BG foundation gives grants to community groups

By JAN LARSON McLAUGHLIN BG Independent News   Community organizations were given grants earlier this week to bring music, sports, reading and more to Bowling Green. The grants, from the Bowling Green Community Foundation, are intended to help the very young to the very old, and everyone in between. The annual grant program began after the 1993 BG Leadership class started the foundation in order to help local groups serve the community, explained Cal Bowers, president of the foundation. “What you’re doing speaks to the vibrancy of our community. You’re at the core of it,” said Bowling Green Mayor Dick Edwards. This year’s grants total $29,000 for 14 different projects. “That’s an impact to this community,” Bowers said. Following is a list of all the projects awarded grants. BG Area Community Bands – $2,250 for a community band festival. “This is our 10th year as a community band. We feel we have become a staple in the community,” said Ardy Gonyer. “We’re very grateful for the support of Bowling Green.” Thom Headley explained the grant will help the band put on a concert with a guest conductor on May 6. BG City Schools – $1,000 for One Book BG literacy program. Two third grade teachers, Jeni Niekamp and Jonelle Semancik explained the grant will help the schools purchase books for every pre-kindergarten through fifth grade student. The reading program unites families and the community around one common book. “It’s created to promote a love of learning,” Semancik said. BG Parks and Recreation Department – $5,000 for the natural obstacle course. Ivan Kovacevic, of the parks and rec department, said the outdoor obstacle course behind the community center has already been the site of the Zombie Mud Run last fall. BG Parks and Recreation Department – $5,000 for waterpark splashpad creature. The splashpad additions help complete the area for the youngest pool users. “They are both really true community projects,” Kovacevic said of the pool and obstacle course. BG Youth Hockey Association – $1,100 for rink system upgrade. The hockey program involves 315 kids, ages 5 to 15, said Jennifer Bowers. “It’s a really big asset for the community,” she said. “It’s a team of people volunteering a lot of hours. The problem is we don’t have enough equipment.” The grant will help replace orange cones and upside-down buckets with real hockey goals. Bobcat Advocates – $1,310 for downtown banners. The…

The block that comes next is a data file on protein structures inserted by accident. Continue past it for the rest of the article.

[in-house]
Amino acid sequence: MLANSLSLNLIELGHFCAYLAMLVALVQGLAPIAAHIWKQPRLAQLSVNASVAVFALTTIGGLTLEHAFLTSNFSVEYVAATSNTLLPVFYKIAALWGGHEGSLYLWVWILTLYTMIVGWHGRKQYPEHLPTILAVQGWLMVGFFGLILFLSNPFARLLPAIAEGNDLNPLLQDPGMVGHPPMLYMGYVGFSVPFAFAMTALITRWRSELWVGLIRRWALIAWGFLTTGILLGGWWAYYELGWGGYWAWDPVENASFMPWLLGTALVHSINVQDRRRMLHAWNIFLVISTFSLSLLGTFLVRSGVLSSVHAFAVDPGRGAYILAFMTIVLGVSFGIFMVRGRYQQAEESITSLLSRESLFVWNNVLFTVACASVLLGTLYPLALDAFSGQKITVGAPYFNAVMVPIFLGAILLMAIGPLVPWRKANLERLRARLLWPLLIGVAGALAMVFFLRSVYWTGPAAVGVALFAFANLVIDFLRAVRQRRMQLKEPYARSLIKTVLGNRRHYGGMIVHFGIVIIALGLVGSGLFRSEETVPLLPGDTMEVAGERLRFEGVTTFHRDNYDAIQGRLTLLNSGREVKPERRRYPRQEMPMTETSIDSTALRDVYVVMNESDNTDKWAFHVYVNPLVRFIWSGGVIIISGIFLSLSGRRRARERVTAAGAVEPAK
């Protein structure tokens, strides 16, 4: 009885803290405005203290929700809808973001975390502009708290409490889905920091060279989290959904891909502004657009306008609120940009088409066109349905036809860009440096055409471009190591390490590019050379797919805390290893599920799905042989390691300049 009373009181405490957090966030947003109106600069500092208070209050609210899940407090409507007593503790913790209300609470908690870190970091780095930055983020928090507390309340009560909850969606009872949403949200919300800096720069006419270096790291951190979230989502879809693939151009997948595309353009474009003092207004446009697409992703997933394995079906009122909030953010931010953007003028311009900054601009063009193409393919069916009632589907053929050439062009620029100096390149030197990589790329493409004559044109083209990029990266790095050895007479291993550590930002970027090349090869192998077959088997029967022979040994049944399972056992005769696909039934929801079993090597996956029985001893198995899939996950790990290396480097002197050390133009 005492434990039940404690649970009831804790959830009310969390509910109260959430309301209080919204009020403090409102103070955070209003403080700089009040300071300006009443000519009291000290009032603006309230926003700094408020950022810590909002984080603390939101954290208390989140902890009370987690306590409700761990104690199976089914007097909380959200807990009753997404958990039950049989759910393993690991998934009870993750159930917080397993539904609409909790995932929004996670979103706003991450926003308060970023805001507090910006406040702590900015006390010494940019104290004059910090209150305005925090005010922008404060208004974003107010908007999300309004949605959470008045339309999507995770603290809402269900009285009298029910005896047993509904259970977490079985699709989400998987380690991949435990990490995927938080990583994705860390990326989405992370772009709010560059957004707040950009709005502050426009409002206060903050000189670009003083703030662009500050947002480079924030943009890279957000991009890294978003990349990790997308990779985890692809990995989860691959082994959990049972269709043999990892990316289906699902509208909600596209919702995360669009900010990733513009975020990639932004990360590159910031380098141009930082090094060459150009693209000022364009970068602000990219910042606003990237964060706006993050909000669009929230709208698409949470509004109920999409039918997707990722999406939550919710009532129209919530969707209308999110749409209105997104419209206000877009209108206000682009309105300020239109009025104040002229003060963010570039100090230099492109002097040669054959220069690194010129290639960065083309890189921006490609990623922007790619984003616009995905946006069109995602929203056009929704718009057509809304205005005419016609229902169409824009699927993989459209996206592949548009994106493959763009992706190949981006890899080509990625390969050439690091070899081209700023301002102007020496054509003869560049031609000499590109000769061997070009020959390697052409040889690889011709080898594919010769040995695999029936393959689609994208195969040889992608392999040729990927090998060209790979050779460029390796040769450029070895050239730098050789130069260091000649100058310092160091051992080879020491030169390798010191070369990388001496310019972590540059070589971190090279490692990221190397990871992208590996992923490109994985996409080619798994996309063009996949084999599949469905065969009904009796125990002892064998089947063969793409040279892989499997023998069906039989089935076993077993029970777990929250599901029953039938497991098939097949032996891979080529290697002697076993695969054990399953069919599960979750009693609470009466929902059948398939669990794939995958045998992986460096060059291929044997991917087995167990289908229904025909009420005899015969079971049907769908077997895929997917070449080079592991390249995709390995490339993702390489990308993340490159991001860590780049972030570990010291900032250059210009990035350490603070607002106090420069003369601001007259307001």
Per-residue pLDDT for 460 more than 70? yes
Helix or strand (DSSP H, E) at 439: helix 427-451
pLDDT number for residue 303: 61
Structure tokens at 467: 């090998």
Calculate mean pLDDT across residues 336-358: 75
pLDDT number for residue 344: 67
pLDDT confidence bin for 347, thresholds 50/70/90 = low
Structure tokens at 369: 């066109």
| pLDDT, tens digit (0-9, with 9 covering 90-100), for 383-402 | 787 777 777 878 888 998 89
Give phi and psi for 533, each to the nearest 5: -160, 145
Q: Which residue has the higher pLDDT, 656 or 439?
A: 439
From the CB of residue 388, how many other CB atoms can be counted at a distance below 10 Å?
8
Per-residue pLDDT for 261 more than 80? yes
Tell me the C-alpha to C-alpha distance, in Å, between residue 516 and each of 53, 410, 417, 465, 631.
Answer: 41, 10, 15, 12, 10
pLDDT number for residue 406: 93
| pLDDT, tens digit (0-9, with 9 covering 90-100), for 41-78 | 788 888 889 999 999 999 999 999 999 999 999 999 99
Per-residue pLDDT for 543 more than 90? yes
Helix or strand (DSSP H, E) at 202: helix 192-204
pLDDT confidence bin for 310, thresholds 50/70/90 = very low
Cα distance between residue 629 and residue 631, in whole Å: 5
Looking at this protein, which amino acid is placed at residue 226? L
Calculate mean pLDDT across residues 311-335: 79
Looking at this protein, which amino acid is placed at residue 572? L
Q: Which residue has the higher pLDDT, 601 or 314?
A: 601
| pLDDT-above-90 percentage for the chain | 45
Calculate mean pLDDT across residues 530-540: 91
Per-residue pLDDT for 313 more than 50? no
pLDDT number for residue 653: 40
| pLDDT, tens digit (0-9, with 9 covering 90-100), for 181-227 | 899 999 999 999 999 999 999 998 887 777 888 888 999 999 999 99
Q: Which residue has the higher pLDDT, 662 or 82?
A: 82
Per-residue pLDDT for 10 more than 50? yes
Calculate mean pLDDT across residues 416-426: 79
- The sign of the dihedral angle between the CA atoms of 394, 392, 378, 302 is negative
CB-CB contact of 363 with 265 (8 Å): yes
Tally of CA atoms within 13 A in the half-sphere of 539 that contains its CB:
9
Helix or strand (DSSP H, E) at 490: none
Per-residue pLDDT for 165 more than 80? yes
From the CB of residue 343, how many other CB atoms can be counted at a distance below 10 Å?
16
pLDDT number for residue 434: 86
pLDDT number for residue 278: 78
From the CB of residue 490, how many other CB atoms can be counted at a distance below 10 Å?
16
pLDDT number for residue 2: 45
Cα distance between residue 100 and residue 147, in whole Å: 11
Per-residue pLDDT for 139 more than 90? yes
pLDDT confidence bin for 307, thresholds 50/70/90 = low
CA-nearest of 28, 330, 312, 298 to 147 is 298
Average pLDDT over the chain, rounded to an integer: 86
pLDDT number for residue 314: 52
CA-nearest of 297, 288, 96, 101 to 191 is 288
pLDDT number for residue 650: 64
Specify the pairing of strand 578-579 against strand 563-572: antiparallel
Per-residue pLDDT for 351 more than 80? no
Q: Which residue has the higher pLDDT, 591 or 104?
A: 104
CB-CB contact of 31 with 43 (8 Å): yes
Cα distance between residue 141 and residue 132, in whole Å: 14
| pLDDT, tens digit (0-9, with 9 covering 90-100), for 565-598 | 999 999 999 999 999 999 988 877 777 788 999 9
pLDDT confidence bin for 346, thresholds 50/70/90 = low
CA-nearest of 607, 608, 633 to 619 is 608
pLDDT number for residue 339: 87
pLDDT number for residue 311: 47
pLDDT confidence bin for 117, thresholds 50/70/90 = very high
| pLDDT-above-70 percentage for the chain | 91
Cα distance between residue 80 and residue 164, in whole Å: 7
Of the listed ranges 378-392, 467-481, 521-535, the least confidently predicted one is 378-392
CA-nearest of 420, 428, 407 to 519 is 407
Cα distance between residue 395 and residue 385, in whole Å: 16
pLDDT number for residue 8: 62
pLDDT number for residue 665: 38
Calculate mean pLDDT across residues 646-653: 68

What’s that smell? Could be unshowered athletes

By JAN LARSON McLAUGHLIN BG Independent News   That unpleasant odor may not be a rotting sandwich in the bottom of your teen’s backpack, or a sweaty pair of gym shoes under the bed. It could be emanating directly from your student. Bowling Green Board of Education was notified Tuesday that the high school boys locker room showers have been out of commission since last year. According to head custodian Chuck Martin, the bar joist under the floor of the shower area is starting to collapse. So the showers have been off limits to boys in physical education classes and varsity sports. Martin attributed the problem to poor design when the locker room showers were built in the early 1960s. Moisture and steam leaks are causing supports to bend. “There are cracks in the walls that are three-quarter inch wide,” he said. The locker rooms are safe to use – just not the showers. Board members asked where the boys are showering at school after gym or athletics. Bowling Green Superintendent Francis Scruci answered –  they aren’t. Scruci compared the problem to the football bleachers that were replaced last year after the district became aware of rusting issues. “They are rusting from the inside out,” he said. “Outside the building looks great,” Scruci said of the high school. But a closer look inside reveals some problems. Like the bleachers, the fix for the shower room won’t be cheap. A new floor will need to be put in, Scruci said. Preliminary estimates for fixing the problem are somewhere in the $200,000s or $300,000s. A presentation of the project will be given to the board of education during the February board meeting. Scruci said he hopes the district can go out for bids on the project in March.